> pencil

Procedure:

1) Plug in glue gun and keep in a safe place away from children. Disassemble embroidery hoops.

2) While an adult holds the measuring tape along the outside of each hoop, a child can pencil in marks about 2 cm (1″) apart on each hoop, all the way around (try to keep it centred vertically). This will be where you will drill the holes or cut the notches that will hold the earrings.

3) Making the holes to hold earrings: While an adult holds each hoop steadily, the child can carefully drill holes where marked, on two of the hoops only. This should be fairly easy to do, because the hoop wood is thin. Use the drill’s lowest speed.

4) Making the notches to hold earrings: Adult only should use a hacksaw or serrated knife to saw little notches about 3 mm down the hoop on the remaining two hoops, where pencil-marked.

5) Using sandpaper or emery board/nail file, sand both inside and outside of hoops, to get rid of minor wooden splinters.

6) Stack all hoops one atop the other, and mark four lines on the inside of each hoop, two sets across from each other (think of these as your North-South-East-West points). These will be where you will glue the dowels for support.

7) On each dowel, pencil in three marks approximately 15 cm (6″) apart, starting at one end. These will be where the hoops will be glued.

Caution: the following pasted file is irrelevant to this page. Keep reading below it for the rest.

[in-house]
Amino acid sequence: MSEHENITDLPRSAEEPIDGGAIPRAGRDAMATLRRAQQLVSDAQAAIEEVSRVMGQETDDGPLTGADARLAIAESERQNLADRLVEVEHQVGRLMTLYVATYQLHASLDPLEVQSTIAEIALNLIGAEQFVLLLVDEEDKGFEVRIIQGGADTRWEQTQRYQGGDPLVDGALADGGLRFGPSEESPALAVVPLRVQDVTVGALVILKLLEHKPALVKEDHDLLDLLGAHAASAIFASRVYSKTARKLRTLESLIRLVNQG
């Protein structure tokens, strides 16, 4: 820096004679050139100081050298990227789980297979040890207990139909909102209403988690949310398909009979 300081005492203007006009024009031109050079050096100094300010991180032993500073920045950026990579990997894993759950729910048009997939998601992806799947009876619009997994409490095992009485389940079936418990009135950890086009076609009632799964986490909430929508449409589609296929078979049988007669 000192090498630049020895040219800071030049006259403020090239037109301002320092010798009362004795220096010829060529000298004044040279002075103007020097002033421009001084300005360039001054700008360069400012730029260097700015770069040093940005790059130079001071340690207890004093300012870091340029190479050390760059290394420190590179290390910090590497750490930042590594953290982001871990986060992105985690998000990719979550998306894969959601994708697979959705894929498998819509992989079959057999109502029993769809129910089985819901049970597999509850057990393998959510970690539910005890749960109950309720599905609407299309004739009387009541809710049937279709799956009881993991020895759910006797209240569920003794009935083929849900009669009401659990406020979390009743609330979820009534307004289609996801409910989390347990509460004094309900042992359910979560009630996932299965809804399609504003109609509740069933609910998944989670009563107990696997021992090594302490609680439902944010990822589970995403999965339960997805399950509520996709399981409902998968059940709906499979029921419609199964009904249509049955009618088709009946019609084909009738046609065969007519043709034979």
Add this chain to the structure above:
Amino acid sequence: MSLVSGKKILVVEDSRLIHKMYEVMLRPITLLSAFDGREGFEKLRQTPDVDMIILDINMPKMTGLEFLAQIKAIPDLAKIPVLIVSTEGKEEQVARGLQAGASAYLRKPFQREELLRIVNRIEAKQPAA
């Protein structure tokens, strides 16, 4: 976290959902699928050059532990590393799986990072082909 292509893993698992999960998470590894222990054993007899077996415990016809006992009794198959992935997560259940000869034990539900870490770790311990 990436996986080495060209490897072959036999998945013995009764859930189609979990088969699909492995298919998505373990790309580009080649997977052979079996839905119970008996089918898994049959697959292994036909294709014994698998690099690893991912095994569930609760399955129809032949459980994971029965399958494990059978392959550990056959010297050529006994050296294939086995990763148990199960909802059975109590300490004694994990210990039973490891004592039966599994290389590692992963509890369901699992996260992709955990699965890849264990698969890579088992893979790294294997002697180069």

8 ) Glue dowels to hoops: Take one dowel and place a dab of hot glue to the first mark. Attach a hoop. Now dab glue to the second mark on the dowel. Attach a second hoop. Dab glue to the third mark on the dowel. Attach a third hoop. Dab glue finally to the top of the dowel and attach the final hoop. (You can have a child help you with this step, as long as you take precautions around the hot glue.)
Continue until all four hoops have been glued onto all four dowels at the marked spots.

10) Wait a minute until the hot glue has solidified on the last dowel, and place the entire structure onto your lazy Susan. Place where you’d like it, and using a pencil, trace circles around the base of each dowel to mark where they will be attached.

11) Remove structure, and dab hot glue to each spot, then quickly secure structure onto Lazy Susan(Edited to add: during a house move, the dowels detached from the Lazy Susan, so we’ve since updated this by drilling holes and attaching the dowels to the base with wood glue.)

12) Optional: Glue the fifth dowel across the top of the earring holder, for necklaces and bracelets. You may want to use your handsaw or knife to cut notches into this, to prevent sliding of the necklaces.

Et voilà—you now have a revolving earring holder for under $15 and an hour of work. Hang necklaces and bracelets from the horizontal bar.

With all that extra space at the base of the lazy Susan, we also used poster putty (like Fun-Tak) to position some little paper jewellery boxes to hold extra earring backs, rings, etc..

Thinking of doing this project yourself? Snap a photo and show us!